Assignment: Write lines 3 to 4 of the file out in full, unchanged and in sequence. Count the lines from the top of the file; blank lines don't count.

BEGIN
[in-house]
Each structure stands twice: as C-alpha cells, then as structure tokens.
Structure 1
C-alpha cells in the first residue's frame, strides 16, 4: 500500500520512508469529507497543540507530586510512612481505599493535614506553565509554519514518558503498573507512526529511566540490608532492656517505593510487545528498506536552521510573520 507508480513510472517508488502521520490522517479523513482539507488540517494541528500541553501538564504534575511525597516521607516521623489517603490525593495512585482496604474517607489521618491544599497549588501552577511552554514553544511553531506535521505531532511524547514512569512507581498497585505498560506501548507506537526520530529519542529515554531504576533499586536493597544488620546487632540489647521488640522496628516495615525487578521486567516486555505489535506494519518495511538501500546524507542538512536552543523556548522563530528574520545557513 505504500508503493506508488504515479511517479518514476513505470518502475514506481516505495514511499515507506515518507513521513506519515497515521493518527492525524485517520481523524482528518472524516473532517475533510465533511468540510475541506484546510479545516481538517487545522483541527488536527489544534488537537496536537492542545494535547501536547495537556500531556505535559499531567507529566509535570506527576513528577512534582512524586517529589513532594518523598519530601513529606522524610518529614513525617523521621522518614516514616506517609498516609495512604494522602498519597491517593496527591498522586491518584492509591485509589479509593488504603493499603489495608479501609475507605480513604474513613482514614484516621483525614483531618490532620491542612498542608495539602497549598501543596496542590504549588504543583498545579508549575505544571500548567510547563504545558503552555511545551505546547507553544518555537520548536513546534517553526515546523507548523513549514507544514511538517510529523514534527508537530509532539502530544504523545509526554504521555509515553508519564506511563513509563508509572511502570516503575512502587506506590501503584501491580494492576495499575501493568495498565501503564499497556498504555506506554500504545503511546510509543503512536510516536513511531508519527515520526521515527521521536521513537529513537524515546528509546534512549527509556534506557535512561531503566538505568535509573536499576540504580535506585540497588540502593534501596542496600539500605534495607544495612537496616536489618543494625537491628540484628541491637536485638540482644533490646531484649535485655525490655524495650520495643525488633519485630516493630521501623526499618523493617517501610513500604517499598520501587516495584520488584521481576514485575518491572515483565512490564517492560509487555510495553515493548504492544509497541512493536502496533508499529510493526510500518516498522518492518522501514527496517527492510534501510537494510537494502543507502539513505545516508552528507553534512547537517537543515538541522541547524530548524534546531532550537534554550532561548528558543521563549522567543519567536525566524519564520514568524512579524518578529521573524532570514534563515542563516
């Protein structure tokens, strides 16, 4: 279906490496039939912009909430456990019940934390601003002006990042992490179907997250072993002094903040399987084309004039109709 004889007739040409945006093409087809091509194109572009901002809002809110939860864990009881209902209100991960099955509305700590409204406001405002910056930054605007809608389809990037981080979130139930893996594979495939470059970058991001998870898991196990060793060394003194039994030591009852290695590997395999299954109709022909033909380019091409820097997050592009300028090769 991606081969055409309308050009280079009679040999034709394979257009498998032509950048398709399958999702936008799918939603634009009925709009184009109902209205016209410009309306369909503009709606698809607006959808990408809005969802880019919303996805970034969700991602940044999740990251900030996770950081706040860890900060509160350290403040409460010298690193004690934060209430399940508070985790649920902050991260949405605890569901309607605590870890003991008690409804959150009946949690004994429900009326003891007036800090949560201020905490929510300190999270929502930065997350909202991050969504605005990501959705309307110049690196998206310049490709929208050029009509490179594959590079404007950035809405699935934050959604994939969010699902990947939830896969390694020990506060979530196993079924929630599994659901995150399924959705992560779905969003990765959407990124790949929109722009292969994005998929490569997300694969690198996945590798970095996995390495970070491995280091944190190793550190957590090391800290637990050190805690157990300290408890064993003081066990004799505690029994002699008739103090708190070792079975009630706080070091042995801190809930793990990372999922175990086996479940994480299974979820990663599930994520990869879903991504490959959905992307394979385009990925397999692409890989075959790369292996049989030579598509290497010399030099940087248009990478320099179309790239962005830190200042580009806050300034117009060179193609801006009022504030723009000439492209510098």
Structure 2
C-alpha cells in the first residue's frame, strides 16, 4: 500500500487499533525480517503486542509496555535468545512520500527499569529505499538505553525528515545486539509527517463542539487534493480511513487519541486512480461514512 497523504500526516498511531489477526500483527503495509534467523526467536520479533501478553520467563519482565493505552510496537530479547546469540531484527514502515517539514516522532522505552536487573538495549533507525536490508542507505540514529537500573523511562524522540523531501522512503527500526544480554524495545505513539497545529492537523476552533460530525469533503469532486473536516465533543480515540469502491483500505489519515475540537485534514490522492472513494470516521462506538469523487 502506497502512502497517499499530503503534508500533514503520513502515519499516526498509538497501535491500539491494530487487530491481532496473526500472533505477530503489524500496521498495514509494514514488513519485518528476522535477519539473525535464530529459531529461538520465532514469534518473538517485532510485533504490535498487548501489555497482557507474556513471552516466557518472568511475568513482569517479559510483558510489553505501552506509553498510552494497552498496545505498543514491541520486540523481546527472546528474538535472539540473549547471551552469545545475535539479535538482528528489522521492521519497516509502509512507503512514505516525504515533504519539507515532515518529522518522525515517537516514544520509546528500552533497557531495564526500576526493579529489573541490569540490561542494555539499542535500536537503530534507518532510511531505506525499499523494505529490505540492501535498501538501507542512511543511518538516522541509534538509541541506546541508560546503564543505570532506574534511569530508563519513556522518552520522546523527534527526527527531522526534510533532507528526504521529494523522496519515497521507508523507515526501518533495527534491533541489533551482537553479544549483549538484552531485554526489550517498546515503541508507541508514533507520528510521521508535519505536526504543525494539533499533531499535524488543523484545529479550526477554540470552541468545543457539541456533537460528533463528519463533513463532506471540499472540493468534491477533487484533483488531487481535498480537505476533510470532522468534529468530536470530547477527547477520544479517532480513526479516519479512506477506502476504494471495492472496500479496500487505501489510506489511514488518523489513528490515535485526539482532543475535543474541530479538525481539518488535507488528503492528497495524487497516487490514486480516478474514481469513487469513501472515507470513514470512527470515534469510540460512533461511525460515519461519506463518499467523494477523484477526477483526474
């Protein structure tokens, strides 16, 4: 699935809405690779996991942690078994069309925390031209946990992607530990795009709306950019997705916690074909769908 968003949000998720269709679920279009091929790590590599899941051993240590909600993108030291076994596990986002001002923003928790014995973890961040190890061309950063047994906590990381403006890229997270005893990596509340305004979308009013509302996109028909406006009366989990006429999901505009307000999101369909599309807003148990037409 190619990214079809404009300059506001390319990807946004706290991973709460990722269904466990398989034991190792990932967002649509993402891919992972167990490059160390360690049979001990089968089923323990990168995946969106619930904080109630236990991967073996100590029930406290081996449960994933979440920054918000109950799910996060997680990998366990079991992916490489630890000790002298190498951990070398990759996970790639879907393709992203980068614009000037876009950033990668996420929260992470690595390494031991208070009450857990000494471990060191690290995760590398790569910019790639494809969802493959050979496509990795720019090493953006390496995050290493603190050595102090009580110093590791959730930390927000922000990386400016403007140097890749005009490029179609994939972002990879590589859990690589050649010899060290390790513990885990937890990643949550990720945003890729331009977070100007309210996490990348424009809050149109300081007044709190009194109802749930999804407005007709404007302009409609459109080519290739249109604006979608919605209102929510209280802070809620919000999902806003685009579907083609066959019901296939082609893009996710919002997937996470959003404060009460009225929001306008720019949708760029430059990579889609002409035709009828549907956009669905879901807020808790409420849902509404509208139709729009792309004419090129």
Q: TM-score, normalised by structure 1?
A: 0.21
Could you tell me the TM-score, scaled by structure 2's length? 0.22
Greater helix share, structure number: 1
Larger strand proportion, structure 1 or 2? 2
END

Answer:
Structure 1
C-alpha cells in the first residue's frame, strides 16, 4: 500500500520512508469529507497543540507530586510512612481505599493535614506553565509554519514518558503498573507512526529511566540490608532492656517505593510487545528498506536552521510573520 507508480513510472517508488502521520490522517479523513482539507488540517494541528500541553501538564504534575511525597516521607516521623489517603490525593495512585482496604474517607489521618491544599497549588501552577511552554514553544511553531506535521505531532511524547514512569512507581498497585505498560506501548507506537526520530529519542529515554531504576533499586536493597544488620546487632540489647521488640522496628516495615525487578521486567516486555505489535506494519518495511538501500546524507542538512536552543523556548522563530528574520545557513 505504500508503493506508488504515479511517479518514476513505470518502475514506481516505495514511499515507506515518507513521513506519515497515521493518527492525524485517520481523524482528518472524516473532517475533510465533511468540510475541506484546510479545516481538517487545522483541527488536527489544534488537537496536537492542545494535547501536547495537556500531556505535559499531567507529566509535570506527576513528577512534582512524586517529589513532594518523598519530601513529606522524610518529614513525617523521621522518614516514616506517609498516609495512604494522602498519597491517593496527591498522586491518584492509591485509589479509593488504603493499603489495608479501609475507605480513604474513613482514614484516621483525614483531618490532620491542612498542608495539602497549598501543596496542590504549588504543583498545579508549575505544571500548567510547563504545558503552555511545551505546547507553544518555537520548536513546534517553526515546523507548523513549514507544514511538517510529523514534527508537530509532539502530544504523545509526554504521555509515553508519564506511563513509563508509572511502570516503575512502587506506590501503584501491580494492576495499575501493568495498565501503564499497556498504555506506554500504545503511546510509543503512536510516536513511531508519527515520526521515527521521536521513537529513537524515546528509546534512549527509556534506557535512561531503566538505568535509573536499576540504580535506585540497588540502593534501596542496600539500605534495607544495612537496616536489618543494625537491628540484628541491637536485638540482644533490646531484649535485655525490655524495650520495643525488633519485630516493630521501623526499618523493617517501610513500604517499598520501587516495584520488584521481576514485575518491572515483565512490564517492560509487555510495553515493548504492544509497541512493536502496533508499529510493526510500518516498522518492518522501514527496517527492510534501510537494510537494502543507502539513505545516508552528507553534512547537517537543515538541522541547524530548524534546531532550537534554550532561548528558543521563549522567543519567536525566524519564520514568524512579524518578529521573524532570514534563515542563516